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  • Kim McGee
    January 1, 1970
    A recently widowed woman along with her brother-in-law plan a last ditch effort to save their family fortune by going on a massive buffalo hunt. They venture from Kansas with a rag tag party and face indians, bad weather, vermin (both animal and man) all just to keep out of the poorhouse. Elizabeth is the perfect role model for the tough pioneer woman- independent, tough as nails, but still graceful under pressure and kind. Everything lives up to the title - savage people, savage animals and an A recently widowed woman along with her brother-in-law plan a last ditch effort to save their family fortune by going on a massive buffalo hunt. They venture from Kansas with a rag tag party and face indians, bad weather, vermin (both animal and man) all just to keep out of the poorhouse. Elizabeth is the perfect role model for the tough pioneer woman- independent, tough as nails, but still graceful under pressure and kind. Everything lives up to the title - savage people, savage animals and an even more savage landscape. Fans of the classic westerns will appreciate the author's use of language. He writes in a style that seems true to how they would have spoken. While the short formal sentences may make for more careful reading, the voice feels authentic. My thanks to the publisher for the advance copy.
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  • Tehila
    January 1, 1970
    I received a free copy of this book for review purposes.Savage Country is the first book I’ve read by Mr Olmstead. The plot pulls in with plenty of action, but I found the writing off-putting, with many phrases that sounded stilted. There were some editing errors, a pet peeve of mine. I hope this is cleared up by the final editing before the final edition comes out.Mr Olmstead has done his research regarding the period; there were several things I had not known before reading Savage Country.I am I received a free copy of this book for review purposes.Savage Country is the first book I’ve read by Mr Olmstead. The plot pulls in with plenty of action, but I found the writing off-putting, with many phrases that sounded stilted. There were some editing errors, a pet peeve of mine. I hope this is cleared up by the final editing before the final edition comes out.Mr Olmstead has done his research regarding the period; there were several things I had not known before reading Savage Country.I am looking forward to reading Mr Olmstead’s previous books.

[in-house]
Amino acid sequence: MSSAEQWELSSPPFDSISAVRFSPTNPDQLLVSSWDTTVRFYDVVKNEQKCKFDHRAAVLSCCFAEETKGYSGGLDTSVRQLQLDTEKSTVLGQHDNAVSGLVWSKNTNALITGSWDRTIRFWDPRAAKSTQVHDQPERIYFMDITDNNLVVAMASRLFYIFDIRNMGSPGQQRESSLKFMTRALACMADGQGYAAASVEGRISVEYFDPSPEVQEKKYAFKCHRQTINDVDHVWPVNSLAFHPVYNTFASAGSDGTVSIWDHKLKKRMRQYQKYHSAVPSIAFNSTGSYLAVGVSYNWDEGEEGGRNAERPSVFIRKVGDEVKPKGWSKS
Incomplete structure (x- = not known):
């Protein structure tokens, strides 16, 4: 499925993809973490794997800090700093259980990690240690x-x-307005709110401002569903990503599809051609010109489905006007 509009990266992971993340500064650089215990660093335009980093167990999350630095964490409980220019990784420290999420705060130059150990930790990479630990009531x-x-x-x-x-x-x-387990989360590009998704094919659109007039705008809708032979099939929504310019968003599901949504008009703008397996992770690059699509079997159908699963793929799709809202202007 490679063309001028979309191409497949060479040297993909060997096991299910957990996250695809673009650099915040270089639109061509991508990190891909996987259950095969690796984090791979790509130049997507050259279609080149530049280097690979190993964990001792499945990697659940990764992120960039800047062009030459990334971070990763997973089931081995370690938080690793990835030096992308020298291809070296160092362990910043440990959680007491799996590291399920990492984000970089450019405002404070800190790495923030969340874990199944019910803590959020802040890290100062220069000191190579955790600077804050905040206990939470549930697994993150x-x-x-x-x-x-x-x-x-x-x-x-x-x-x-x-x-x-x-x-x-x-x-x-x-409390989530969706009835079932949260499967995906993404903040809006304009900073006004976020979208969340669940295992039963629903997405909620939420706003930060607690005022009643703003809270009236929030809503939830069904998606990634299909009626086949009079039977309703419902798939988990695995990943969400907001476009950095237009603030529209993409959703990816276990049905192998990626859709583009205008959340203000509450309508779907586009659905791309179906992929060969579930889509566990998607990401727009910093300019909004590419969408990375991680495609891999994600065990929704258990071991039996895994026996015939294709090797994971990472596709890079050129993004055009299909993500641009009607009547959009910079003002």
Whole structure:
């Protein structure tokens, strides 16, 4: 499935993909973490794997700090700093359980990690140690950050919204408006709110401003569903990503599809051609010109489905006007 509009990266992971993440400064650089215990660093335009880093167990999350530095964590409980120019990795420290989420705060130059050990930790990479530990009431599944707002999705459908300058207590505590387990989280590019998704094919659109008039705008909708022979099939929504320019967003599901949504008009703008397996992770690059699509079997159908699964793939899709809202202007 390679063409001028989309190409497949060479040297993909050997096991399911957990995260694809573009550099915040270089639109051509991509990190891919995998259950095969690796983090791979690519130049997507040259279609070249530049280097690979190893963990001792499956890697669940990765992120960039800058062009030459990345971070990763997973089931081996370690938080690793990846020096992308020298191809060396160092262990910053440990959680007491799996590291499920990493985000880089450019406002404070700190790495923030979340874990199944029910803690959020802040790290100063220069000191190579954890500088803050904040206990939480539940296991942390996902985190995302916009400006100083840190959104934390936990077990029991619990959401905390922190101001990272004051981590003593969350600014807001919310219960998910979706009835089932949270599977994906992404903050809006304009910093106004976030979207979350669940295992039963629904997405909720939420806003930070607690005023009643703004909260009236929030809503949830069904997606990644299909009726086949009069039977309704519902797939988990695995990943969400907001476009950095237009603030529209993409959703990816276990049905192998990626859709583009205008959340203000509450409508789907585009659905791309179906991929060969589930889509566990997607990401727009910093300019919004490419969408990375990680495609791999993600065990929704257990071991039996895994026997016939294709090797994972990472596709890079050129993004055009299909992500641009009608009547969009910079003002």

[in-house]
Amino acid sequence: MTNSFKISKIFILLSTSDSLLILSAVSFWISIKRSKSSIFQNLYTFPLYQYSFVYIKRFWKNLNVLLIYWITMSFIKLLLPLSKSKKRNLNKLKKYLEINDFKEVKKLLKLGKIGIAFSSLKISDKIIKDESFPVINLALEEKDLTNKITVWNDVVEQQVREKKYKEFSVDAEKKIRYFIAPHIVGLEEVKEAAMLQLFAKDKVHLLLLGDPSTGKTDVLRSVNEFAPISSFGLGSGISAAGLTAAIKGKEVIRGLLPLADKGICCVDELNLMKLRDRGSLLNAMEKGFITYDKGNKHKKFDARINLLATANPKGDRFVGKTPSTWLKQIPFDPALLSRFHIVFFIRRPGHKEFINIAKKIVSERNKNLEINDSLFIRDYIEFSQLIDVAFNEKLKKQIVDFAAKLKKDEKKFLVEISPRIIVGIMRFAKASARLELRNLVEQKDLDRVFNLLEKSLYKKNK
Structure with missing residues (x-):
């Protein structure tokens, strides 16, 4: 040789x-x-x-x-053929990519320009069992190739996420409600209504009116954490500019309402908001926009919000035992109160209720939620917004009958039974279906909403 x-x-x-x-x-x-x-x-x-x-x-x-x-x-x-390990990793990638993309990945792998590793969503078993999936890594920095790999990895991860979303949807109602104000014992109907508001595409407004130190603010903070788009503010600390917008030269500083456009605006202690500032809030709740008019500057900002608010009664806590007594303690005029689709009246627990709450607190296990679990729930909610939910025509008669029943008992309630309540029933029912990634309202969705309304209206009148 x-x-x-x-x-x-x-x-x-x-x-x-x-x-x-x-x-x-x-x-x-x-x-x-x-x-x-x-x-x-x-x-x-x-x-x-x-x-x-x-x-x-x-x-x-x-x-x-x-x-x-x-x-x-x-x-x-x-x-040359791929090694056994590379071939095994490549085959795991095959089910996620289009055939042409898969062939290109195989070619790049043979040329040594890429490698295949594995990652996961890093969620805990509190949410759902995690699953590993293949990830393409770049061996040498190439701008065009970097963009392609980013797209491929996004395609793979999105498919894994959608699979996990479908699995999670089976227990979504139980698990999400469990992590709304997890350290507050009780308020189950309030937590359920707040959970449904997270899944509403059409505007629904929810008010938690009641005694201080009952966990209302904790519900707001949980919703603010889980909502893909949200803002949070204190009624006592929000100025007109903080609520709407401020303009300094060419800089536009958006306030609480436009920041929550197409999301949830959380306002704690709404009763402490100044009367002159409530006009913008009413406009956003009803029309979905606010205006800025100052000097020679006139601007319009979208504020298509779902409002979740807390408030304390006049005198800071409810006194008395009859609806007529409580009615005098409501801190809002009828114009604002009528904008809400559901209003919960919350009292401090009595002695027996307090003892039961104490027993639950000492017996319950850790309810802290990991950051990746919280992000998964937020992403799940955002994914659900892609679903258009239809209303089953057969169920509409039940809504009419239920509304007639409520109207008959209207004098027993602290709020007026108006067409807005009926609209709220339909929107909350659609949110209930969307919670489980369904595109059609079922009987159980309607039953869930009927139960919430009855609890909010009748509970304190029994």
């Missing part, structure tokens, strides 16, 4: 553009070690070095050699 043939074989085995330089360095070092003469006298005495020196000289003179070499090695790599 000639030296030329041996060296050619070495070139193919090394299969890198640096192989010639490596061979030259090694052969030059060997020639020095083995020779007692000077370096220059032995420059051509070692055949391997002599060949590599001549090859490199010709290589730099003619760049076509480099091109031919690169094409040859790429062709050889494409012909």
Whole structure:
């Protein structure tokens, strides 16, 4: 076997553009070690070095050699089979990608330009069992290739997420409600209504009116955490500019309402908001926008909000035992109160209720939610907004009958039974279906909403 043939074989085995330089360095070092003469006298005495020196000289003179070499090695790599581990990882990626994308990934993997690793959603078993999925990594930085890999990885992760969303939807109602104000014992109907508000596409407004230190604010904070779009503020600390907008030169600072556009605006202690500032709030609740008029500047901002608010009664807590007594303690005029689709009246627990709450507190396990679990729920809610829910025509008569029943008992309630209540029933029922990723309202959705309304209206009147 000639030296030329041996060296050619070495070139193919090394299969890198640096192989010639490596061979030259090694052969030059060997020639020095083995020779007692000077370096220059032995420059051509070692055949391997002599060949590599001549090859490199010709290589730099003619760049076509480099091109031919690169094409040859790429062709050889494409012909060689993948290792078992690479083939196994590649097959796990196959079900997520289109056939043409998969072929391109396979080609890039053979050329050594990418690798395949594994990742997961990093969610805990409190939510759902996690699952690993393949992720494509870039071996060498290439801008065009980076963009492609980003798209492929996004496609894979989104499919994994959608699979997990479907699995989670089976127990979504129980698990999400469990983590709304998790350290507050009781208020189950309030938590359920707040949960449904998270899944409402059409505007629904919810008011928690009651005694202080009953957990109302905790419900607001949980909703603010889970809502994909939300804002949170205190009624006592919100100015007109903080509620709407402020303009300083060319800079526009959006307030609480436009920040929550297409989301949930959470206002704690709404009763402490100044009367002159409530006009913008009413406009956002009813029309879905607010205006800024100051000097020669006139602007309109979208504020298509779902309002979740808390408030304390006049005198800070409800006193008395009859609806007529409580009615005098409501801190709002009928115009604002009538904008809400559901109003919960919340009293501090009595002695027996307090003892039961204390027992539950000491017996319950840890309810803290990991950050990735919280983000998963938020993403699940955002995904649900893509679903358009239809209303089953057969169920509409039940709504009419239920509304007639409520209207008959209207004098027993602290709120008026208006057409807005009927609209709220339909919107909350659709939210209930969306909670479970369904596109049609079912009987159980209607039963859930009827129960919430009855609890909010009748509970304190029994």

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  • Kathleen Gray
    January 1, 1970
    Bleak, dark, and highly descriptive, this is one for fans of Western literature. I'd not read a novel based around a buffalo hunt before and likely won't again (not my genre) but I am glad to have read this. Elizabeth doesn't know what she is getting into when she agrees to go on the hunt with her brother-in-law Michael. Don't look for romance between these two, or any romance at all. A lot of this is brutal but it's well written and in many ways informative. I actually think this would make an Bleak, dark, and highly descriptive, this is one for fans of Western literature. I'd not read a novel based around a buffalo hunt before and likely won't again (not my genre) but I am glad to have read this. Elizabeth doesn't know what she is getting into when she agrees to go on the hunt with her brother-in-law Michael. Don't look for romance between these two, or any romance at all. A lot of this is brutal but it's well written and in many ways informative. I actually think this would make an excellent film. Thanks to Netgalley for the ARC.
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  • Lynn
    January 1, 1970
    Indians kill with arrows and then scalp their victims. White men kill buffalo with rifles and then skin their kill for the hides have inestimable value. It is, indeed, a savage country. I read this EARC courtesy of Edelweiss and Algonquin Books; pub date 09/26/17
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  • Carol Ann
    January 1, 1970
    Edge of year seat stuff...historical fiction. I enjoy Olmstead's work very much. Recommended.
  • Ann Theis
    January 1, 1970
    Kirkus